Takeda said that the Phase 2b clinical trial evaluating its oral orexin receptor 2 (OX2R) agonist TAK-861 in narcolepsy type 1 patients has met primary and key secondary endpoints.

Following the positive results of the TAK-861-2001 study, the Japanese pharma major intends to quickly launch global Phase 3 trials of the OX2R agonist in the first half of fiscal year 2024. This will be subject to consultation with global health regulators, said the company.

Takeda global development head and neuroscience therapeutic area unit head Sarah Sheikh said: “We are thrilled to announce these clear and compelling results from the TAK-861 trial in narcolepsy type 1 that allows us to rapidly initiate Phase 3 trials this year as we work to deliver a medicine to patients that could address the underlying pathophysiology of the disease.”

According to Takeda, narcolepsy, a chronic and rare neurological disorder characterised by excessive daytime sleepiness, poses significant challenges despite the availability of several approved treatments.

The disorder is currently classified into two distinct types, narcolepsy type 1 (NT1), which results from a notable loss of orexin neurons leading to orexin deficiency, and narcolepsy type 2 (NT2), where orexin levels typically remain normal.

Targeting the orexin receptor 2 in NT1 patients addresses the root cause of the condition by restoring orexin signaling, said Takeda.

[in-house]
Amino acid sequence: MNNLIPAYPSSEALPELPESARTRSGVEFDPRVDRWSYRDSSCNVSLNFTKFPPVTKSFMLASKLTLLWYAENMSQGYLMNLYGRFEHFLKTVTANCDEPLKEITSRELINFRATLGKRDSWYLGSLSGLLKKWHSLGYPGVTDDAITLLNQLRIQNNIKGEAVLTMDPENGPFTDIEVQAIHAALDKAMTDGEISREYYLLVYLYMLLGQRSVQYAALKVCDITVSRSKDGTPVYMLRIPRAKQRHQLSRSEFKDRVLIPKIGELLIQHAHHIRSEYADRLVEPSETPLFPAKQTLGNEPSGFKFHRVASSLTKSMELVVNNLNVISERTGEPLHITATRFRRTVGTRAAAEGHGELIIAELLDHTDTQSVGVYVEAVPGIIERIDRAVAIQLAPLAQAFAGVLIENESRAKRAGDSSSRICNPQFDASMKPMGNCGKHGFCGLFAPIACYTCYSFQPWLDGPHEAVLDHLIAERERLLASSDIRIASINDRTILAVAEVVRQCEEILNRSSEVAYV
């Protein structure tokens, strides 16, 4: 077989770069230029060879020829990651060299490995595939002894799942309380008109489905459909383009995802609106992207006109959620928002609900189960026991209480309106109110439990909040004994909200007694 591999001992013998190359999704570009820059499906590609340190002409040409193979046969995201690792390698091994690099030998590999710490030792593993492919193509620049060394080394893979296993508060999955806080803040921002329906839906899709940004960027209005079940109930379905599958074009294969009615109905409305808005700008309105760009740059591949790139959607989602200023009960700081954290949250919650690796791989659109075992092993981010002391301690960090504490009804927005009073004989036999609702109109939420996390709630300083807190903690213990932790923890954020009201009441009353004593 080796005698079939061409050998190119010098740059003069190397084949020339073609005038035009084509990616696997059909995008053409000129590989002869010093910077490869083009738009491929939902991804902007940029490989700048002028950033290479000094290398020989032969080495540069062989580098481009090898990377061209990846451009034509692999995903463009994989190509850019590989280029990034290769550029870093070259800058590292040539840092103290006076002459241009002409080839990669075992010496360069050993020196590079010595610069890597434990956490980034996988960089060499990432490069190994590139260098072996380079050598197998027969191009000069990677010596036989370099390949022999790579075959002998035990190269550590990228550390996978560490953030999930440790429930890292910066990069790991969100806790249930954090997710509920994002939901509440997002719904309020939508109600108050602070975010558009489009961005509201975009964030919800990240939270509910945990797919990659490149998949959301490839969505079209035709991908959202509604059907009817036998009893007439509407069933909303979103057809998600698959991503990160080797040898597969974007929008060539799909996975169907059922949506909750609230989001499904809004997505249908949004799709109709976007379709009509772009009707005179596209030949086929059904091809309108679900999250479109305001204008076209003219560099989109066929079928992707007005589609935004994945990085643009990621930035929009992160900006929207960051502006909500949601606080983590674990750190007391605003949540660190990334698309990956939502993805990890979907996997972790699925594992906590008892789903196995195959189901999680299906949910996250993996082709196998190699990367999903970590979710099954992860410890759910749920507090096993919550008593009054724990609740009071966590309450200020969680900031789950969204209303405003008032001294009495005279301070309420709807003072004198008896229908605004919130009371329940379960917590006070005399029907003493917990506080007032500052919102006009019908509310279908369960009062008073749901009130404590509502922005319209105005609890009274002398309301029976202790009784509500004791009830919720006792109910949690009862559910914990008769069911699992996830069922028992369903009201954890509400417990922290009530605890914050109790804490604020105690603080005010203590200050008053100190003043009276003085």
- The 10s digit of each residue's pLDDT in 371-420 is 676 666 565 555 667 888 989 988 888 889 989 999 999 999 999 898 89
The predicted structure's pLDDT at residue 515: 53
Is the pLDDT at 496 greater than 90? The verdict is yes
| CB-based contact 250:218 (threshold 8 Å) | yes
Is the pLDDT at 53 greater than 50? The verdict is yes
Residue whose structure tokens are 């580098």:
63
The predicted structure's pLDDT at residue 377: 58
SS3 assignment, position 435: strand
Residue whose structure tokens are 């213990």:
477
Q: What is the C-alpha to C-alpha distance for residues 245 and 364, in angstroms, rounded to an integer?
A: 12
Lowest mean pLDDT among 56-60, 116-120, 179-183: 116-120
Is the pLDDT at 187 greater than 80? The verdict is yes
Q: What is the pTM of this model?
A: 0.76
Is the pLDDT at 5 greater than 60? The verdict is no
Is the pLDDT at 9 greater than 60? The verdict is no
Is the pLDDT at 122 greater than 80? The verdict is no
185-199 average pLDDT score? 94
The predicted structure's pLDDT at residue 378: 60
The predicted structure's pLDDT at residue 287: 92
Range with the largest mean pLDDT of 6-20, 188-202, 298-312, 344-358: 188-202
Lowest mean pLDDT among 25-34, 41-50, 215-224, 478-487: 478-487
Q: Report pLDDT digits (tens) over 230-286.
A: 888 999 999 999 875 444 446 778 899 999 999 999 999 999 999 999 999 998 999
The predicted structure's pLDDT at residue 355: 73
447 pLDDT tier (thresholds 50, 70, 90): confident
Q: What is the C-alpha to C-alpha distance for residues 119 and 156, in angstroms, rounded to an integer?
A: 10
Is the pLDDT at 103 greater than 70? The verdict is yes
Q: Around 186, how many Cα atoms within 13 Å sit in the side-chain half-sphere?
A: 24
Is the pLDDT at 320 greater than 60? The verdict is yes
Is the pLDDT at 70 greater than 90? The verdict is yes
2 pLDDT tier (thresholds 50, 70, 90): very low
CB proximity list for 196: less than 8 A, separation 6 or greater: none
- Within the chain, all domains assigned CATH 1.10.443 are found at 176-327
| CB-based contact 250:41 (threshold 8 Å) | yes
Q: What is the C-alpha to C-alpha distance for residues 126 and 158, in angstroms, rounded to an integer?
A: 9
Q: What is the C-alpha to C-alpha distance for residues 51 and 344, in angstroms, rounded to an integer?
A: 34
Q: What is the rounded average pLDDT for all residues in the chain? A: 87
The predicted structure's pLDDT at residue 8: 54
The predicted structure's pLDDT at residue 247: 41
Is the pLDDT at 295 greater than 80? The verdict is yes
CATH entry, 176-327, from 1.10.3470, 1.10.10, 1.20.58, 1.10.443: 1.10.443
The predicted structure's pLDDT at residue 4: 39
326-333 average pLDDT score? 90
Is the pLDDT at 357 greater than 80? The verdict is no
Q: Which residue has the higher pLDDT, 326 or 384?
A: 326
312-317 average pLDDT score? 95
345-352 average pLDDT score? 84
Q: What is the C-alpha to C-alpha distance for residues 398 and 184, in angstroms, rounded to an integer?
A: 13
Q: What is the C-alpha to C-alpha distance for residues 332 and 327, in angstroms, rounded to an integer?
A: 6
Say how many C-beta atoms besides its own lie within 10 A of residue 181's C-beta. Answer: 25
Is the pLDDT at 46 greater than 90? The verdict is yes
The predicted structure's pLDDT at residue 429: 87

The company conducted two separate Phase 2b trials in NT1 (NCT05687903) and NT2 (NCT05687916).

The TAK-861-2001 trial involving 112 NT1 patients evaluated the efficacy of TAK-861.

The randomised, double-blind, placebo-controlled, multiple dose demonstrated statistically significant and clinically meaningful improvements in both objective and subjective measures of wakefulness compared to placebo at week 8.

The improvements were particularly evident in the Maintenance of Wakefulness Test (MWT), which served as the primary endpoint.

Additionally, key secondary endpoints such as the Epworth Sleepiness Scale (ESS) and Weekly Cataplexy Rate (WCR) showed statistically significant and clinically meaningful improvements consistent with the primary endpoint. A majority of patients who completed the trial proceeded to participate in a long-term extension study, said the Japanese pharma firm.

However, Takeda currently has no plans to advance TAK-861 for the treatment of NT2.

Data from the trials are under further analysis to determine the next steps for populations with normal orexin levels.

Takeda is actively developing multiple orexin agonists for patient populations with normal orexin levels, including NT2 and other conditions where orexin biology is implicated.

The company also said that TAK-861 exhibited a favourable safety profile and was well tolerated in both trials, with no reports of treatment-related serious adverse events, hepatotoxicity, or visual disturbances in either the Phase 2b trials or the ongoing long-term extension trial for TAK-861.